Spofforth, a few miles north west of Wetherby and five to the south of Harrogate, sits on the River Crimple, a tributary of the Nidd, and services both centres and the more distant destinations of Leeds and York.
It was a farming village and its outskirts remain so – especially around the vast estate that gives the parish its official title of Spofforth with Stockeld.
But these days, it is commuter country – one of the many boltholes whose continued existence as distinct communities is at the heart of the county’s appeal.
It was in the 1960s that Wimpey put up some 40 new homes, changing and expanding what had been a close-knit little enclave.
There have been one or two small developments since, and of course infills, but nothing on the scale of the 72 homes on farmland at Massey Fold, at the eastern end of Spofforth, for which outline permission has now been granted.
“The fear is for traffic, and safety,” said June Geddes, vice chairman of the parish council.
“The access on to the A661 is very poor. If there’s a bus on the bridge, oncoming cars can’t get past.”
It was not, she added, simply a case of village Nimby-ism. “Spofforth is forward thinking. It welcomes new houses, and it has a school, shops and pubs that will welcome new residents, but there has to be a balance.”
The village’s reputation as a desirable place in which to put down roots dates back to a generation when the commuters came on horseback.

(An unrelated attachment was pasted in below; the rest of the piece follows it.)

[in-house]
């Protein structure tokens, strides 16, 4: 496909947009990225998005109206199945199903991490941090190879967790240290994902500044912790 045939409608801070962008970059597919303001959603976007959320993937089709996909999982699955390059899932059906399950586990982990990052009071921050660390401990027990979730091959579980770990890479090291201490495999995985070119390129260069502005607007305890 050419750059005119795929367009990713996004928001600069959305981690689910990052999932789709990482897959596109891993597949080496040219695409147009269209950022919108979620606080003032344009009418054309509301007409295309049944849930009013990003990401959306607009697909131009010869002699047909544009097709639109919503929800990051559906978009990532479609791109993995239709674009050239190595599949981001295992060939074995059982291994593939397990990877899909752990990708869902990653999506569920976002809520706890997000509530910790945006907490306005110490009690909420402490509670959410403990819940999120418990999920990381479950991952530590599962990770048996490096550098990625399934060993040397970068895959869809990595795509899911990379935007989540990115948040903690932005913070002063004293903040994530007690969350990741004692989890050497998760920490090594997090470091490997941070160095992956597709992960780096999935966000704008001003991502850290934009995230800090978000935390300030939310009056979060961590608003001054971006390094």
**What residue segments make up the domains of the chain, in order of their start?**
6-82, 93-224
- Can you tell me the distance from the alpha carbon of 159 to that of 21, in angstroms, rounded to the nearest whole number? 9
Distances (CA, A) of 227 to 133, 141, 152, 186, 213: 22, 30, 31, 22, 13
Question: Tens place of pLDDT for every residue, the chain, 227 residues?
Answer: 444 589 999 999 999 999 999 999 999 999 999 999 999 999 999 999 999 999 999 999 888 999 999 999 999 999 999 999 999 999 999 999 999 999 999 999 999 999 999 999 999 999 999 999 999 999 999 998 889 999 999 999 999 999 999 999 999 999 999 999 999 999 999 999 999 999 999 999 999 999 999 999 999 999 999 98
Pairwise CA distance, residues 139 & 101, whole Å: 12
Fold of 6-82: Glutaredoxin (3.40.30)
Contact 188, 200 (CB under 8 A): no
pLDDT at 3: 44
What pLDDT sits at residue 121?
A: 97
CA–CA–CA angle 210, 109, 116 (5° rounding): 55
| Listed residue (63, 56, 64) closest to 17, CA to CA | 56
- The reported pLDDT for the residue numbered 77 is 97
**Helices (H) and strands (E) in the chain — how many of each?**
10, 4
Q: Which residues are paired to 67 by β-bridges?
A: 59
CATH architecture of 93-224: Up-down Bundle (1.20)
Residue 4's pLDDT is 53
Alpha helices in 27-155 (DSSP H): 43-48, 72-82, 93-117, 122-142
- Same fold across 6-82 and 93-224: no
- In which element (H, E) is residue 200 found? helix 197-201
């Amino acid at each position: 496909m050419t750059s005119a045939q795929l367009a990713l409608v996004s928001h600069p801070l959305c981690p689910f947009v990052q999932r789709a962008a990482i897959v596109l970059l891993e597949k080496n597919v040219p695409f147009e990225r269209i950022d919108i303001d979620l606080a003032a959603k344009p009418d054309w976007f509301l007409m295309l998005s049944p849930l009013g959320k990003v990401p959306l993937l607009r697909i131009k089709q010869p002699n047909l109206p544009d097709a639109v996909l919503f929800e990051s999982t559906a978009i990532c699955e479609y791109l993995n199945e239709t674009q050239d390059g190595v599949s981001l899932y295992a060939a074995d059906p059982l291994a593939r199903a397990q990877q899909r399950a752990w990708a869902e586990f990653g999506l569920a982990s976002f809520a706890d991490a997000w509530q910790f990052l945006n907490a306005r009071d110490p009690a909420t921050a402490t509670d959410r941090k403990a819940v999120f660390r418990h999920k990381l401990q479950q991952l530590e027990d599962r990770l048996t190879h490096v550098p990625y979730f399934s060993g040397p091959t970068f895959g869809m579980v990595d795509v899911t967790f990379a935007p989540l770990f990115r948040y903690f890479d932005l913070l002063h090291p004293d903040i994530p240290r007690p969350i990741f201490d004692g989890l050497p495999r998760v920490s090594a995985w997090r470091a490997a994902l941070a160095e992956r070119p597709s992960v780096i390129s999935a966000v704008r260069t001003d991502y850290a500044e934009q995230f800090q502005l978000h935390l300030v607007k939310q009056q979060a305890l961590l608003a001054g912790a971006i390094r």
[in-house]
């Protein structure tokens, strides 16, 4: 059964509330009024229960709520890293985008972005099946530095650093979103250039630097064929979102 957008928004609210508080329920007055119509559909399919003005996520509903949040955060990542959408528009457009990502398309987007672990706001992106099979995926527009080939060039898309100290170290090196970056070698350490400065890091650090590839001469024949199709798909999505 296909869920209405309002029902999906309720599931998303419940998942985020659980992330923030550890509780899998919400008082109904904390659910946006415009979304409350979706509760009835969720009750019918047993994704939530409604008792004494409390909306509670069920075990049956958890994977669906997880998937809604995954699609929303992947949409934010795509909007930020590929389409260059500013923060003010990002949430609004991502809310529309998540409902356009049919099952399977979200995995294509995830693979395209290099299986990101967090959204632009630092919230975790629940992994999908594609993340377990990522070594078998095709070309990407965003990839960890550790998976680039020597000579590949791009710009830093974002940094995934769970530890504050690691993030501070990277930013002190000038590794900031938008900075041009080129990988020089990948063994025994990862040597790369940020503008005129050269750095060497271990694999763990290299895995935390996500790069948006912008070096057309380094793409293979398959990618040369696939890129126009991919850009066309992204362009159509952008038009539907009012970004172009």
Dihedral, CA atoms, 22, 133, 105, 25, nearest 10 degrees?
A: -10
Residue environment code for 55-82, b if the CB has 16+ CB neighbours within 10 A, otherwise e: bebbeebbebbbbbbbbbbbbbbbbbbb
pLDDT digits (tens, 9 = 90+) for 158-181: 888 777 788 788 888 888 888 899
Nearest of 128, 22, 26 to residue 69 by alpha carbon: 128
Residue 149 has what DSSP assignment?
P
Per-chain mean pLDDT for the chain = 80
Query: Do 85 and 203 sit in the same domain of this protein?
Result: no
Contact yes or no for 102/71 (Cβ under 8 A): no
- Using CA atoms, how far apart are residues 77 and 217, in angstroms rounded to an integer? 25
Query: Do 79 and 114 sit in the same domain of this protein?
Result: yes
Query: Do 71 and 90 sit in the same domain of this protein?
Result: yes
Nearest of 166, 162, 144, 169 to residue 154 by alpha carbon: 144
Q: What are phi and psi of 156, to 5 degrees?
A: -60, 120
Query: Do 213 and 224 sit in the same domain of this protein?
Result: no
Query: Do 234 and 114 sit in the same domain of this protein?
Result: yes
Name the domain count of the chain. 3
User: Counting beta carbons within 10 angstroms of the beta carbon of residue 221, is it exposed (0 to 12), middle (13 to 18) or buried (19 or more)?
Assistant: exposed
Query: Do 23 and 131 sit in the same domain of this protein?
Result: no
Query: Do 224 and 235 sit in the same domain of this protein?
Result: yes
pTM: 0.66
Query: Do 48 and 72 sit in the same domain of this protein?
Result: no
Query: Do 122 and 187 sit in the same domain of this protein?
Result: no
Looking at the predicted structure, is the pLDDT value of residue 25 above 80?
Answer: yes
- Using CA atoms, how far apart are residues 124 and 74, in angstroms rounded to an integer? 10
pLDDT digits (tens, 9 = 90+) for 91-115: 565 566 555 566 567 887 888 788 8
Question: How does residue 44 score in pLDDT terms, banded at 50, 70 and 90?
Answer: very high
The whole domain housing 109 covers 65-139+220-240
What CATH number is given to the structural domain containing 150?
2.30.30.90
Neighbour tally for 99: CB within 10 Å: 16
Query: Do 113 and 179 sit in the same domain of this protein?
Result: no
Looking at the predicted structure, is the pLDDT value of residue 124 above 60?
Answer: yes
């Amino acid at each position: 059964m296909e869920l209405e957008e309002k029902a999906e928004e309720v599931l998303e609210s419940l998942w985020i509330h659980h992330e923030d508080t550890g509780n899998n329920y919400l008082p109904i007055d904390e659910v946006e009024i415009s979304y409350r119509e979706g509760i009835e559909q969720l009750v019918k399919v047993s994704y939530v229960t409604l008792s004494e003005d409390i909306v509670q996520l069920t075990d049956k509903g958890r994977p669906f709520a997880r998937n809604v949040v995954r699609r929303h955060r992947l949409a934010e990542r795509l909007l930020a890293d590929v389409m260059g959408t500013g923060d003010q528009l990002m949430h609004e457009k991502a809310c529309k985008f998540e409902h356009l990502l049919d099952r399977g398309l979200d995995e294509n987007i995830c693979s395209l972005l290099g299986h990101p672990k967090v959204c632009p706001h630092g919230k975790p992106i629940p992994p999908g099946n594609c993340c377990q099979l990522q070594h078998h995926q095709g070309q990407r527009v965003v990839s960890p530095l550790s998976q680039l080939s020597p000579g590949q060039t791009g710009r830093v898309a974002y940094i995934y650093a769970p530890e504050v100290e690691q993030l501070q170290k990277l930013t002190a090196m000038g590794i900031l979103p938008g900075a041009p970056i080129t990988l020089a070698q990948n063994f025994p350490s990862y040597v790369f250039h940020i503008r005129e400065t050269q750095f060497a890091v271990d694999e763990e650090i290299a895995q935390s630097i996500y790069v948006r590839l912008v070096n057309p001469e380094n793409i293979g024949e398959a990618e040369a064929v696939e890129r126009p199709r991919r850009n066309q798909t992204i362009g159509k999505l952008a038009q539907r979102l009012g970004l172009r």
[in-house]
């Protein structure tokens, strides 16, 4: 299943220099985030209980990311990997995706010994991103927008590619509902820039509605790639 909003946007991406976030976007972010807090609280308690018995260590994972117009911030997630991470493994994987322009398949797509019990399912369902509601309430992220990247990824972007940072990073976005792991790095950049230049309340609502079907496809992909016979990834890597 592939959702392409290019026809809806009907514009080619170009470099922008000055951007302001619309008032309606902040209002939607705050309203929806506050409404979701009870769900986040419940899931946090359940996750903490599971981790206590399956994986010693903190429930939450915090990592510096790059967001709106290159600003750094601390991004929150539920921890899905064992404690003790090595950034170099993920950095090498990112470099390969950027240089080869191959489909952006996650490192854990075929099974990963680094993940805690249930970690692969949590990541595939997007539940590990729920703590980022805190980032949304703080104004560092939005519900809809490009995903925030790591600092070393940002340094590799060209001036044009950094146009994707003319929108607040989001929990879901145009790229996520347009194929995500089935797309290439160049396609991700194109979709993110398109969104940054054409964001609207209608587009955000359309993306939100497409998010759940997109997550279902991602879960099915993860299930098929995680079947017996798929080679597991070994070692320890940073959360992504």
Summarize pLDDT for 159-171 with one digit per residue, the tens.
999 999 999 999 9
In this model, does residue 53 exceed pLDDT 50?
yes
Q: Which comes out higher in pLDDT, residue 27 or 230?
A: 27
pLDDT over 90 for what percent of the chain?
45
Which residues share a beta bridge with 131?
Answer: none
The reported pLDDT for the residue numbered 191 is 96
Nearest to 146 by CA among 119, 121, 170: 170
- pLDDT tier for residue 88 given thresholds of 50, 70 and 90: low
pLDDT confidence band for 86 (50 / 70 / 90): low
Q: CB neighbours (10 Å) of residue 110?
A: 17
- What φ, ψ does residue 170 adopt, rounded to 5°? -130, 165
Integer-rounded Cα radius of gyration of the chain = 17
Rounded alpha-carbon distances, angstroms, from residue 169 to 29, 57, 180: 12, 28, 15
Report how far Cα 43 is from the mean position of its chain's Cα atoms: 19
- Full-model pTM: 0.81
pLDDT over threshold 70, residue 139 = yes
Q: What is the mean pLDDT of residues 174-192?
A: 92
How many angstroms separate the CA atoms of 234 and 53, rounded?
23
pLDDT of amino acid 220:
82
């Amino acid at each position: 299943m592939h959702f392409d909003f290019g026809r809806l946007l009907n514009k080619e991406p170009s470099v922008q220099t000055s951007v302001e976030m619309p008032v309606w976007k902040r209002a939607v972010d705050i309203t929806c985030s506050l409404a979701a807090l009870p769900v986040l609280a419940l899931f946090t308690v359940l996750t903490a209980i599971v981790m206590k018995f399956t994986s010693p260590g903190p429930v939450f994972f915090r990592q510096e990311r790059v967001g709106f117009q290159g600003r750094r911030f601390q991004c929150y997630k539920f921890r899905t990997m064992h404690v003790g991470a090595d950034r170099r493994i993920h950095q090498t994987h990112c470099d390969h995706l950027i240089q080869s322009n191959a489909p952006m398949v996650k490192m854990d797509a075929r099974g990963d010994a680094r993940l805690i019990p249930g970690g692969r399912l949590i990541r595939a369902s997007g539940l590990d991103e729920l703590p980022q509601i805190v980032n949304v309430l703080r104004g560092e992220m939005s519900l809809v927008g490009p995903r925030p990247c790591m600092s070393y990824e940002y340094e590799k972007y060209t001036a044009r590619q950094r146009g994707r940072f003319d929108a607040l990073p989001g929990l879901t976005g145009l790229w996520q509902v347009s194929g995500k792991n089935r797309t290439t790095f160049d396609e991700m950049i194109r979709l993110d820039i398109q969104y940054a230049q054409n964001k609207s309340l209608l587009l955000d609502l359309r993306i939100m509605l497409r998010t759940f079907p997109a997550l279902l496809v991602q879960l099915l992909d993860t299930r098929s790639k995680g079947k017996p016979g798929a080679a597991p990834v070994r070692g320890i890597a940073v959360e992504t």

Henry de Percy, Baron Percy of Alnwick, laid the foundations for the squirearchy, putting up a fortified manor house known as Spofforth Castle. Rebel barons are reputed to have drawn up the Magna Carta there, in 1215. It was ruined during the Civil War but its considerable remains, managed by the council and English Heritage, continue to draw visitors.
Flowers and forestry are among Spofforth’s specialities today. Under Hilary Chilton, the village was a two-time winner of a gold award in the annual Royal Horticultural Society Britain in Bloom contest, and the 2,000-acre Stockeld Park estate on the fringe of the village is home to Yorkshire’s largest Christmas tree plantation, as well as an adventure park. Now home to the Grant family, the pile was also once part of the de Percy portfolio.
It remains, said Mrs Chilton’s husband, John, a thriving community. But he added: “There’s no mistaking the wind of change blowing through it.”